Tibetan Buddhists celebrate Saka Dawa which is similar to the Chinese Mahayana Vesak Day. Because it is a merit-multiplying month where merits increase 100 million times, lots of virtuous deeds and Dharma practice is encouraged during this period. Here shows you a rough idea how Tibetan Buddhists celebrate Saka Dawa. As Buddhists, we try to perform these virtuous actions 24/7, however the acts are multiplied millions times especially during Saka Dawa, thus it is highly auspicious.
On Saka Dawa, we pay homage to our teachers/gurus.
On Saka Dawa, we make light offerings to the Three Jewels.
On Saka Dawa, we make torma offerings to the Buddhas and all transcendental guests.
On Saka Dawa, we make mandala offering.
On Saka Dawa, we make beautiful flower offerings.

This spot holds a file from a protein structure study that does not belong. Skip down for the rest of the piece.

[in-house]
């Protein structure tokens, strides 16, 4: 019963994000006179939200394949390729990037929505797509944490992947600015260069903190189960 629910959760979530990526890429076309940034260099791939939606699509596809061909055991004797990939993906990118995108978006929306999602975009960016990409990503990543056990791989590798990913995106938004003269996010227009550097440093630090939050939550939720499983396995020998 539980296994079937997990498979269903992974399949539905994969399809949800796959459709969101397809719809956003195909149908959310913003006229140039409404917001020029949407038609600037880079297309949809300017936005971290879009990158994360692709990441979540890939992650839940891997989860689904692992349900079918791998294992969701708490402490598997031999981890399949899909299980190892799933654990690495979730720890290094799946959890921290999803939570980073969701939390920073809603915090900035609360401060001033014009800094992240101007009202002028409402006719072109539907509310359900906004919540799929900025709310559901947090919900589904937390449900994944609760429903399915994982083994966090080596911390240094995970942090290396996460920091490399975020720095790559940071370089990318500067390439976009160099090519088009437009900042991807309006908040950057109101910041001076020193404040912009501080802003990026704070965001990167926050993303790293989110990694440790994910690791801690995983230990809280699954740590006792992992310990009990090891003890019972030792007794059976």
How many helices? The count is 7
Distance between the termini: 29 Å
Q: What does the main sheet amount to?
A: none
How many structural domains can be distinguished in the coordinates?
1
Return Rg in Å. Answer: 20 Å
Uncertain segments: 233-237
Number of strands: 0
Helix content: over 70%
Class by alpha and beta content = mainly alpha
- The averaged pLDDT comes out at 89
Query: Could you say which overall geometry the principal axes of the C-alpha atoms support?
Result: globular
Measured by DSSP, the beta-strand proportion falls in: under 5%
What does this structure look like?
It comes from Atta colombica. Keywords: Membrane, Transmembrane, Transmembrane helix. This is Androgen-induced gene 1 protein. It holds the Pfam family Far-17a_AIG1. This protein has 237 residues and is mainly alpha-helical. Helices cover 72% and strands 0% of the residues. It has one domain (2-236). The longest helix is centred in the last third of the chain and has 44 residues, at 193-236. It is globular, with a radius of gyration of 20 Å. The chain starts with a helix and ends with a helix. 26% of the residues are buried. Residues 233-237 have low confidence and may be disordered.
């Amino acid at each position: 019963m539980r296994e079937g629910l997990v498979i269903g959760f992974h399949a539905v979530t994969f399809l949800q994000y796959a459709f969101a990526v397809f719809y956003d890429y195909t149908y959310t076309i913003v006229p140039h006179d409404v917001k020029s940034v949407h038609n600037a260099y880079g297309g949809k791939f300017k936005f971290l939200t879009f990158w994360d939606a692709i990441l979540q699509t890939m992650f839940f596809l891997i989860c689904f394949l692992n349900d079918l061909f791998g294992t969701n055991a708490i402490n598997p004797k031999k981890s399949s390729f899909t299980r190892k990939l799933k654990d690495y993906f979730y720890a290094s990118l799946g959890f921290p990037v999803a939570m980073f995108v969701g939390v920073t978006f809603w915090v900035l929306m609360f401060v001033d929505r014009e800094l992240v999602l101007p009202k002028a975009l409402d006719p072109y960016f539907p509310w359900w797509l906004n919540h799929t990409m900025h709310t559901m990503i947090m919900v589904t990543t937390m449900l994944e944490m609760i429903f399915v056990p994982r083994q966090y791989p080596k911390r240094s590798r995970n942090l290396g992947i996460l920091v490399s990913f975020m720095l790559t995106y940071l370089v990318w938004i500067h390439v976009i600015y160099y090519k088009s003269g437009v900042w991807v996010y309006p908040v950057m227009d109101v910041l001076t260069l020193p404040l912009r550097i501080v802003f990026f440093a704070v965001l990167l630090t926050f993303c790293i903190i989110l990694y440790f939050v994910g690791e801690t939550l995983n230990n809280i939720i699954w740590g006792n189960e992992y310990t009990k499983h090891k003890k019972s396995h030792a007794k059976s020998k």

On Saka Dawa, we make extensive prayers to the BuddhaDharma.
On Saka Dawa, we circumambulate around holy stupas or holy places.
On Saka Dawa, we do extensive retreats and focus on Dharma practice, especially NyungNe.
On Saka Dawa, we attend pujas and practise generosity by making mountains of offerings.
On Saka Dawa, we make prostrations and aspiration prayers to all holy objects which are the representation of the Buddha.
On Saka Dawa, we contemplate on our precious human life.
On Saka Dawa, we collect merits when we are given a holy blessed gift.
On Saka Dawa, we try not to harm other sentient beings by going meatless.
On Saka Dawa, we place much emphasis on studying the Dharma and developing wisdom.
On Saka Dawa, we make delicious food offerings.
On Saka Dawa, we remember all our fellow sentient beings who have been our mothers since beginningless time.
On Saka Dawa, we make donations or give charity to those in need (my guru Lama Zopa Rinpoche blessing an ill destitute on the street).
On Saka Dawa, we spin prayer wheels, this giant one contains 156 billion mantras.
On Saka Dawa, the Buddha has shown us the Path to Enlightenment, now the rest is up to us.